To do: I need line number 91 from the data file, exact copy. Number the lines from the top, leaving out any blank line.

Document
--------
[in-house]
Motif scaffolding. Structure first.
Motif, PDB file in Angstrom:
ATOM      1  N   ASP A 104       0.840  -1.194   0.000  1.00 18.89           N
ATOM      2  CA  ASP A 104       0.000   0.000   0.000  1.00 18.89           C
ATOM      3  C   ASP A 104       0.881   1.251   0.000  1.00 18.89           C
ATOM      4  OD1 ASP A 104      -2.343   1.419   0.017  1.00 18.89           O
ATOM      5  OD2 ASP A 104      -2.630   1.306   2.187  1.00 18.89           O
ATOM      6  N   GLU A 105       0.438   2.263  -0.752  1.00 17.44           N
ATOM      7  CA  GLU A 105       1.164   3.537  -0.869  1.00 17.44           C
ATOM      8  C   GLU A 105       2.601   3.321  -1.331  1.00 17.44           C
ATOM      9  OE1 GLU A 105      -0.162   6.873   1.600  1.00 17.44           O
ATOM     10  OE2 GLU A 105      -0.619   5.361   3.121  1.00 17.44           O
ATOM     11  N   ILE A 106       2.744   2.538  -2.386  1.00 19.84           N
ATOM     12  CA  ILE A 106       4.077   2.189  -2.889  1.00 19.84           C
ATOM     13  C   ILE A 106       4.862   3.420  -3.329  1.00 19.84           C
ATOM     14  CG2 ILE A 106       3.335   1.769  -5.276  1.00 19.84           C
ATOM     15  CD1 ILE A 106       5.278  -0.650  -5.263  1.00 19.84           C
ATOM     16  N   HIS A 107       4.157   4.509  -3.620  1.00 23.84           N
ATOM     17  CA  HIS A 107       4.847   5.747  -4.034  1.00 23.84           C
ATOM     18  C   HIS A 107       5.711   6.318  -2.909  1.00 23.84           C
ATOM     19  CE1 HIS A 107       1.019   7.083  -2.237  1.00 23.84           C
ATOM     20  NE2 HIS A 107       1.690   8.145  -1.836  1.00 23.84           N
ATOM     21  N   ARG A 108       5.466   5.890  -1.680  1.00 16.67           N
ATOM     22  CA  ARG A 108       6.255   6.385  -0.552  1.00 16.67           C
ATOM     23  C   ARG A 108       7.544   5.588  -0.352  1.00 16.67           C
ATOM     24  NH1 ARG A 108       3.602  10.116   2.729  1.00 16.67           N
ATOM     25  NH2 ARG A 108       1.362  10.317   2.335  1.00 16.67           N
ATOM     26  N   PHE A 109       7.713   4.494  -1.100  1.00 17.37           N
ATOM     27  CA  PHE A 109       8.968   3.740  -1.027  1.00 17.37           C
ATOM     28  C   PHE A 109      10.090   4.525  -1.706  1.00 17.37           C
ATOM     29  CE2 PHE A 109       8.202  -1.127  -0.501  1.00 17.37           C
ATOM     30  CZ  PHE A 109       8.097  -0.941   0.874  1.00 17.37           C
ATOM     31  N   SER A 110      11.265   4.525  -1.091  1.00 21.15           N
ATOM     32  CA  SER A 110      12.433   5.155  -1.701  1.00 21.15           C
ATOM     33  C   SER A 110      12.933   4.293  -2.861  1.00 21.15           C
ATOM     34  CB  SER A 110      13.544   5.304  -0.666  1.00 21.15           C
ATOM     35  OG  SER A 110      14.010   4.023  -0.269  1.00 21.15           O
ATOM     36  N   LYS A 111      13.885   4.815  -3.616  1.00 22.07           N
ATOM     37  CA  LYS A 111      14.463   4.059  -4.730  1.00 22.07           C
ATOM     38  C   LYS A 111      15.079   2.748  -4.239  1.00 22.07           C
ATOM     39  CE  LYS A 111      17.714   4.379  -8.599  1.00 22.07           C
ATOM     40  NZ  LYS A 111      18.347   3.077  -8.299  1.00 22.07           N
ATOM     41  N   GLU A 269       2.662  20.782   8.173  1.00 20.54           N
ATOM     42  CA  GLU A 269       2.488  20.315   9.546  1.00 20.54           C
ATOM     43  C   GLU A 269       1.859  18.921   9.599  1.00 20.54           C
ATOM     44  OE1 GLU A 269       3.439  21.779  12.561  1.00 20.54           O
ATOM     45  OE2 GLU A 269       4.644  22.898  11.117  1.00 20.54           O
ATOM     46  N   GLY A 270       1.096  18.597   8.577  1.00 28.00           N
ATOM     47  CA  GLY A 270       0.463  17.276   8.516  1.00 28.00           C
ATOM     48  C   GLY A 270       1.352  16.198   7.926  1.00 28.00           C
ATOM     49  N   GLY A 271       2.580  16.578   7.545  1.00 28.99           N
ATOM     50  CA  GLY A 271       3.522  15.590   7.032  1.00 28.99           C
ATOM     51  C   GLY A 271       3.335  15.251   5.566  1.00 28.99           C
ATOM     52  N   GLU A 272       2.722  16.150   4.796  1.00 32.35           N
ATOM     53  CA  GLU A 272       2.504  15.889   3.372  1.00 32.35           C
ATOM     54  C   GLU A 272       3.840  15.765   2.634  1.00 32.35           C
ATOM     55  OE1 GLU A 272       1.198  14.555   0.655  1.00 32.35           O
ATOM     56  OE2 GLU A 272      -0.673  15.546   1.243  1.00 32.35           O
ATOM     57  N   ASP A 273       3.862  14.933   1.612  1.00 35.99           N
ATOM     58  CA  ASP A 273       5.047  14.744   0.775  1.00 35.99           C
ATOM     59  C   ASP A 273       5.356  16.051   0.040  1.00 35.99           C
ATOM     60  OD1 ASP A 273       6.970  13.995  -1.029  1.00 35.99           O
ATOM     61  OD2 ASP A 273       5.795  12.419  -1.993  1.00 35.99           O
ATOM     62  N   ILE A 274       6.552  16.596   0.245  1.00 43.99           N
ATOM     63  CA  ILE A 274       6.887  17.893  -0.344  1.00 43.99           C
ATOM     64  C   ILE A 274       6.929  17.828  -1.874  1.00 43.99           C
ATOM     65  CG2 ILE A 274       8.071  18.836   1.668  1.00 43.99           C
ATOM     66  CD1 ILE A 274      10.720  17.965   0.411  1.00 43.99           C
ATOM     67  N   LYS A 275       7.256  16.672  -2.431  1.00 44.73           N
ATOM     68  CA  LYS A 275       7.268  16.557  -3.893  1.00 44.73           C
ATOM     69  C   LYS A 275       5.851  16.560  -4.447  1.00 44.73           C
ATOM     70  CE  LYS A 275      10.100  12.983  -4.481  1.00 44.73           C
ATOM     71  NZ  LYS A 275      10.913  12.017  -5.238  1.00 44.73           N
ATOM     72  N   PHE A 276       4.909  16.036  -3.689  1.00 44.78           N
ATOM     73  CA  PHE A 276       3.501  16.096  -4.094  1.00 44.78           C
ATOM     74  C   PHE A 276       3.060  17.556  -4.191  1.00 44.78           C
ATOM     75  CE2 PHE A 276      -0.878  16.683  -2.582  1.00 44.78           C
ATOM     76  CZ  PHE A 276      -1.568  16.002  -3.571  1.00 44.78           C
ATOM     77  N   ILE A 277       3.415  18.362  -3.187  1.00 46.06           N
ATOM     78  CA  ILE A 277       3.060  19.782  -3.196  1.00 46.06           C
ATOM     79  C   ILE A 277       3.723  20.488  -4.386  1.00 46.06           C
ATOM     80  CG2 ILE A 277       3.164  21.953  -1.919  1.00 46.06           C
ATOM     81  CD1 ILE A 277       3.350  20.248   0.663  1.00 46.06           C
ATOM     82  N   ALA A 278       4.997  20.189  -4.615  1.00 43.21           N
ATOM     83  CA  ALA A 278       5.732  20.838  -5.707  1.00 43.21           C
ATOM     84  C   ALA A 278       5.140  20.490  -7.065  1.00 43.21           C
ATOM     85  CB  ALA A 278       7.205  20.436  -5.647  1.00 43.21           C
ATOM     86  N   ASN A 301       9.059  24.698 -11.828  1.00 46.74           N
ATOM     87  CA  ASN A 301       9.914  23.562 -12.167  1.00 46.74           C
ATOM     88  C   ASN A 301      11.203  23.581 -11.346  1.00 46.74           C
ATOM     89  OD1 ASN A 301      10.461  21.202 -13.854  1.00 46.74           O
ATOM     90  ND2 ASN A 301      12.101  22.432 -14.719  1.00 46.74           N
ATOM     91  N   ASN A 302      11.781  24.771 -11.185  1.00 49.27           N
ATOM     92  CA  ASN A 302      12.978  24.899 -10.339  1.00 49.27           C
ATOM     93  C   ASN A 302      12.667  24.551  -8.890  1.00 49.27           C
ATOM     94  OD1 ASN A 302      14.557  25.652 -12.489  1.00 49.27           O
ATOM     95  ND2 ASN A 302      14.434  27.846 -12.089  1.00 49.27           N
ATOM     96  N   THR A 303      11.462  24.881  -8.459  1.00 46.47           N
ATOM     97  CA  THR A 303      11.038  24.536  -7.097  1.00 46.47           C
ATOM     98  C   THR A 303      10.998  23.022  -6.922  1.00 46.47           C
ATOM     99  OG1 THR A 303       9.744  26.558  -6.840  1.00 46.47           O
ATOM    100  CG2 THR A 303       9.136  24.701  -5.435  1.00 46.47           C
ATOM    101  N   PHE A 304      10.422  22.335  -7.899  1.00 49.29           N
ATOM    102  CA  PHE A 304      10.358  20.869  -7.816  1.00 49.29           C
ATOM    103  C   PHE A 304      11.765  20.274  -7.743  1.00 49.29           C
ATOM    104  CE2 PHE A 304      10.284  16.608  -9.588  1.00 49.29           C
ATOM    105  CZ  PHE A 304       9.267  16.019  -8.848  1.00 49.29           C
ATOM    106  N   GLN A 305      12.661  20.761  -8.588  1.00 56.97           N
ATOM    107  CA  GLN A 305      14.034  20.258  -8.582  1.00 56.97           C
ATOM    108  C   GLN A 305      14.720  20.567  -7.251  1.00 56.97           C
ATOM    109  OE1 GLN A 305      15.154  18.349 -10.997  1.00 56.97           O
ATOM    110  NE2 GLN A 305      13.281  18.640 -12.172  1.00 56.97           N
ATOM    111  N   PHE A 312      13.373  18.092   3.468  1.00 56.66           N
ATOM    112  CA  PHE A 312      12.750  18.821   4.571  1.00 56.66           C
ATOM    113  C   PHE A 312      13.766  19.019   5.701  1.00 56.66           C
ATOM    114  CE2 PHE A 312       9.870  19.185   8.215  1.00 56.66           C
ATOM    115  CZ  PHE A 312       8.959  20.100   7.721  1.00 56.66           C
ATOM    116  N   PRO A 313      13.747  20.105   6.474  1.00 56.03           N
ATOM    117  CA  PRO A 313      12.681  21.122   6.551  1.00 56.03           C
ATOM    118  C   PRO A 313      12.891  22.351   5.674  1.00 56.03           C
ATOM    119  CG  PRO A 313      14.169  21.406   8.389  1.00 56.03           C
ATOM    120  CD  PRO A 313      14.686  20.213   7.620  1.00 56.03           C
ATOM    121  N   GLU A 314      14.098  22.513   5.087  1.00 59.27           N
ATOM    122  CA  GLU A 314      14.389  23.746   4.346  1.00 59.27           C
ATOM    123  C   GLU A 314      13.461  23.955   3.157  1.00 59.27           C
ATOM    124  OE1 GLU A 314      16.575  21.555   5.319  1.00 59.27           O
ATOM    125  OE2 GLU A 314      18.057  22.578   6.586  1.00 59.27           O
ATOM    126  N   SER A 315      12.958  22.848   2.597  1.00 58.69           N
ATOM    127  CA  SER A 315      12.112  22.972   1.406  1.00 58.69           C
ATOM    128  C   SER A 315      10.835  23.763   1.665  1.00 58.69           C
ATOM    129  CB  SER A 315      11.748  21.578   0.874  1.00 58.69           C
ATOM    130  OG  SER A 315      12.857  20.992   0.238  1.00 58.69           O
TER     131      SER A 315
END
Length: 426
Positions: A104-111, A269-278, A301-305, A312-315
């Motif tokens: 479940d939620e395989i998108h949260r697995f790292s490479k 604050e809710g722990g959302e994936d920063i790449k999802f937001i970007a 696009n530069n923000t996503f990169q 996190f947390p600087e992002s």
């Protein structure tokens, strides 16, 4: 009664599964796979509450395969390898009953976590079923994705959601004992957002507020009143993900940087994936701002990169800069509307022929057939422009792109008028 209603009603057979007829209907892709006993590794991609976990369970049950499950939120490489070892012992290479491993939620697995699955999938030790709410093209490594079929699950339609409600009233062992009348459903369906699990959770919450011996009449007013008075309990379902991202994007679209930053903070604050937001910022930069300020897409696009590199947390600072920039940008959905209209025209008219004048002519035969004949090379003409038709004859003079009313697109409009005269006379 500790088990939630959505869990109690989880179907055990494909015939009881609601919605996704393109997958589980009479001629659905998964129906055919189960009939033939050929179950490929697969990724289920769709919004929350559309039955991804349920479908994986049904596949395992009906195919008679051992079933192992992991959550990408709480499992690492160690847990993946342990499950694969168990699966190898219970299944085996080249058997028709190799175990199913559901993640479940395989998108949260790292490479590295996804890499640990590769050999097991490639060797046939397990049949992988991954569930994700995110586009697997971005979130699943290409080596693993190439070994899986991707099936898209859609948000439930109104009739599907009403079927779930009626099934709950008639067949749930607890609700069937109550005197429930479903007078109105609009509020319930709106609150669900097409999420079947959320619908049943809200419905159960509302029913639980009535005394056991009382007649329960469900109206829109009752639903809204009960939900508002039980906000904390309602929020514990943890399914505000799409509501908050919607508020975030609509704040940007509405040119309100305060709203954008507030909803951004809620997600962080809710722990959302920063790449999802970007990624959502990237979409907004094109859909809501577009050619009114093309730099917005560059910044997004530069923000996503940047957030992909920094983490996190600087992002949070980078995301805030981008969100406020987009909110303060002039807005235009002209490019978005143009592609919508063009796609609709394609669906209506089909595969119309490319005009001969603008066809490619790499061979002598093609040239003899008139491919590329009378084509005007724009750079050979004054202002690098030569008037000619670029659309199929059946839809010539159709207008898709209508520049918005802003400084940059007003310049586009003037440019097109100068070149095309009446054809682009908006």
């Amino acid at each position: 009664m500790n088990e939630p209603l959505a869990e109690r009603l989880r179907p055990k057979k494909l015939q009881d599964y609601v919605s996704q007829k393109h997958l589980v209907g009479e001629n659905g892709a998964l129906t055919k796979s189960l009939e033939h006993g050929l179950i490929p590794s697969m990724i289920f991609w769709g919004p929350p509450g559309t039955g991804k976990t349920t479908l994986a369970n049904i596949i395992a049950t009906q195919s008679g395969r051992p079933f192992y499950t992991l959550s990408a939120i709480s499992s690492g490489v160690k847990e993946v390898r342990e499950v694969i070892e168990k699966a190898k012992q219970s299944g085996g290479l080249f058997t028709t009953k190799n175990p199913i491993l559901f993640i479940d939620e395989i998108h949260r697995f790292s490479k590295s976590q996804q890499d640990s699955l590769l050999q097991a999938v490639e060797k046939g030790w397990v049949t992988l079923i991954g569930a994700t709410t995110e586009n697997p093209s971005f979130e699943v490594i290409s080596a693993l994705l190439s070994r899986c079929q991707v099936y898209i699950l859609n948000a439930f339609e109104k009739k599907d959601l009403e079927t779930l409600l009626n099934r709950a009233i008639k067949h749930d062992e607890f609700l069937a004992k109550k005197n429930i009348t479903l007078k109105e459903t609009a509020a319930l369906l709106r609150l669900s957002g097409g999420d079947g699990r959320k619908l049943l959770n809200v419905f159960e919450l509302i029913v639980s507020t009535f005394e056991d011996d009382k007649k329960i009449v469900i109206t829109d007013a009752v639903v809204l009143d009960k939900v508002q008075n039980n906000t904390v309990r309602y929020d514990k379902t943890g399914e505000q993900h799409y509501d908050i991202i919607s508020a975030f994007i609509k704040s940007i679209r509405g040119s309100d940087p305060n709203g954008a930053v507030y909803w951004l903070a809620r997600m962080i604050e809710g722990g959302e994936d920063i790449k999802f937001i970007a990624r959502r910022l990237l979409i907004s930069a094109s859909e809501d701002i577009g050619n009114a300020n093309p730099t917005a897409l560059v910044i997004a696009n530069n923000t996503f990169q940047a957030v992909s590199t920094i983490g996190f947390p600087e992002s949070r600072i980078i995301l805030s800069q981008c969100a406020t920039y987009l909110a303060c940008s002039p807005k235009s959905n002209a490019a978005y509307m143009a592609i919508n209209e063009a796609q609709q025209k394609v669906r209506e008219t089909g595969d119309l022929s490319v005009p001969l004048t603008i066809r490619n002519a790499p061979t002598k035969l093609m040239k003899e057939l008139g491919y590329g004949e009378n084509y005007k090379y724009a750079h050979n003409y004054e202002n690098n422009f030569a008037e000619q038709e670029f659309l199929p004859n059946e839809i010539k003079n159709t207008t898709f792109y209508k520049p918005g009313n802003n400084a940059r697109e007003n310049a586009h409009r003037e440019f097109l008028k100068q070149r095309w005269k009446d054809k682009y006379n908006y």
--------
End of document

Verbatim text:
ATOM     88  C   ASN A 301      11.203  23.581 -11.346  1.00 46.74           C